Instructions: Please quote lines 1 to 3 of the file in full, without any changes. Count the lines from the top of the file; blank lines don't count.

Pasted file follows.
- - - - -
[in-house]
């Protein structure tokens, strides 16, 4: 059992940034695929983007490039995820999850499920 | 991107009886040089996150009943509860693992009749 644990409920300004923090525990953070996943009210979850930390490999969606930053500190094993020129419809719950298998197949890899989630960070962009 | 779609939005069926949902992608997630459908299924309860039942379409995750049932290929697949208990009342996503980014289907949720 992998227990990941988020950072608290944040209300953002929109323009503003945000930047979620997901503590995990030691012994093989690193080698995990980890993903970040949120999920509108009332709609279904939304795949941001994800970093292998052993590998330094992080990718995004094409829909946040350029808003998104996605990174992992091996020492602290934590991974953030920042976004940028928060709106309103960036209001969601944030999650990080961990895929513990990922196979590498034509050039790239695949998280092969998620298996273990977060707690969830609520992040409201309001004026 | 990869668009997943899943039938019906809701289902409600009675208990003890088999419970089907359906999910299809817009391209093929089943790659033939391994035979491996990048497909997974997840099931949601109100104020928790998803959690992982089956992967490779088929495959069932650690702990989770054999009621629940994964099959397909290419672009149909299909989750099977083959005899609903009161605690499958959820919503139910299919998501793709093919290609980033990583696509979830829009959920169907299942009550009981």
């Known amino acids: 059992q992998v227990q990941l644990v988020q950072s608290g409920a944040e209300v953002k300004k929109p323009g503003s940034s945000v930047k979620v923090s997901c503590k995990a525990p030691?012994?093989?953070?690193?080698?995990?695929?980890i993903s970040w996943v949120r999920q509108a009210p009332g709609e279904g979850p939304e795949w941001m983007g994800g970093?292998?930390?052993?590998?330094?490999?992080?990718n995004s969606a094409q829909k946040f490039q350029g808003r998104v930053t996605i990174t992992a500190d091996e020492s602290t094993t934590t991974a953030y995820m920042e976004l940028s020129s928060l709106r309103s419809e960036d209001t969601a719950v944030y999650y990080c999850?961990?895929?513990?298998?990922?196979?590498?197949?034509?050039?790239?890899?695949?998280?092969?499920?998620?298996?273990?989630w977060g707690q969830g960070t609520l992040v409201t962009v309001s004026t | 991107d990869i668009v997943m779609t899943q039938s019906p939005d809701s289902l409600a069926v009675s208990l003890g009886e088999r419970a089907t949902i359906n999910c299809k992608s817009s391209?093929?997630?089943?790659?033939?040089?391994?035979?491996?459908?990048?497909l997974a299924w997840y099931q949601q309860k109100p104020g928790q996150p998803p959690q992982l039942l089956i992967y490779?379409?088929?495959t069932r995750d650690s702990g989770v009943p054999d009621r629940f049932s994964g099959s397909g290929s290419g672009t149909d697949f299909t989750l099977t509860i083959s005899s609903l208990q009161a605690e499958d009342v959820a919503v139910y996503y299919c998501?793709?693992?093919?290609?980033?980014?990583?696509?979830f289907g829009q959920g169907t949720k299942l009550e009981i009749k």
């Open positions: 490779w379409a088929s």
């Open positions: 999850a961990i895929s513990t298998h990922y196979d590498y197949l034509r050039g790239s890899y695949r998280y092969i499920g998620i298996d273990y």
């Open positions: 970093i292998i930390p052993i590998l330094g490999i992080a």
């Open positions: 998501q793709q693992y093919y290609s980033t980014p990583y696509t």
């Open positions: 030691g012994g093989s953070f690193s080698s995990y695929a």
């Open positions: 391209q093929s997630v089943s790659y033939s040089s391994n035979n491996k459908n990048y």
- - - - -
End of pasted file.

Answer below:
[in-house]
């Protein structure tokens, strides 16, 4: 059992940034695929983007490039995820999850499920 | 991107009886040089996150009943509860693992009749 644990409920300004923090525990953070996943009210979850930390490999969606930053500190094993020129419809719950298998197949890899989630960070962009 | 779609939005069926949902992608997630459908299924309860039942379409995750049932290929697949208990009342996503980014289907949720 992998227990990941988020950072608290944040209300953002929109323009503003945000930047979620997901503590995990030691012994093989690193080698995990980890993903970040949120999920509108009332709609279904939304795949941001994800970093292998052993590998330094992080990718995004094409829909946040350029808003998104996605990174992992091996020492602290934590991974953030920042976004940028928060709106309103960036209001969601944030999650990080961990895929513990990922196979590498034509050039790239695949998280092969998620298996273990977060707690969830609520992040409201309001004026 | 990869668009997943899943039938019906809701289902409600009675208990003890088999419970089907359906999910299809817009391209093929089943790659033939391994035979491996990048497909997974997840099931949601109100104020928790998803959690992982089956992967490779088929495959069932650690702990989770054999009621629940994964099959397909290419672009149909299909989750099977083959005899609903009161605690499958959820919503139910299919998501793709093919290609980033990583696509979830829009959920169907299942009550009981």
């Known amino acids: 059992q992998v227990q990941l644990v988020q950072s608290g409920a944040e209300v953002k300004k929109p323009g503003s940034s945000v930047k979620v923090s997901c503590k995990a525990p030691?012994?093989?953070?690193?080698?995990?695929?980890i993903s970040w996943v949120r999920q509108a009210p009332g709609e279904g979850p939304e795949w941001m983007g994800g970093?292998?930390?052993?590998?330094?490999?992080?990718n995004s969606a094409q829909k946040f490039q350029g808003r998104v930053t996605i990174t992992a500190d091996e020492s602290t094993t934590t991974a953030y995820m920042e976004l940028s020129s928060l709106r309103s419809e960036d209001t969601a719950v944030y999650y990080c999850?961990?895929?513990?298998?990922?196979?590498?197949?034509?050039?790239?890899?695949?998280?092969?499920?998620?298996?273990?989630w977060g707690q969830g960070t609520l992040v409201t962009v309001s004026t | 991107d990869i668009v997943m779609t899943q039938s019906p939005d809701s289902l409600a069926v009675s208990l003890g009886e088999r419970a089907t949902i359906n999910c299809k992608s817009s391209?093929?997630?089943?790659?033939?040089?391994?035979?491996?459908?990048?497909l997974a299924w997840y099931q949601q309860k109100p104020g928790q996150p998803p959690q992982l039942l089956i992967y490779?379409?088929?495959t069932r995750d650690s702990g989770v009943p054999d009621r629940f049932s994964g099959s397909g290929s290419g672009t149909d697949f299909t989750l099977t509860i083959s005899s609903l208990q009161a605690e499958d009342v959820a919503v139910y996503y299919c998501?793709?693992?093919?290609?980033?980014?990583?696509?979830f289907g829009q959920g169907t949720k299942l009550e009981i009749k």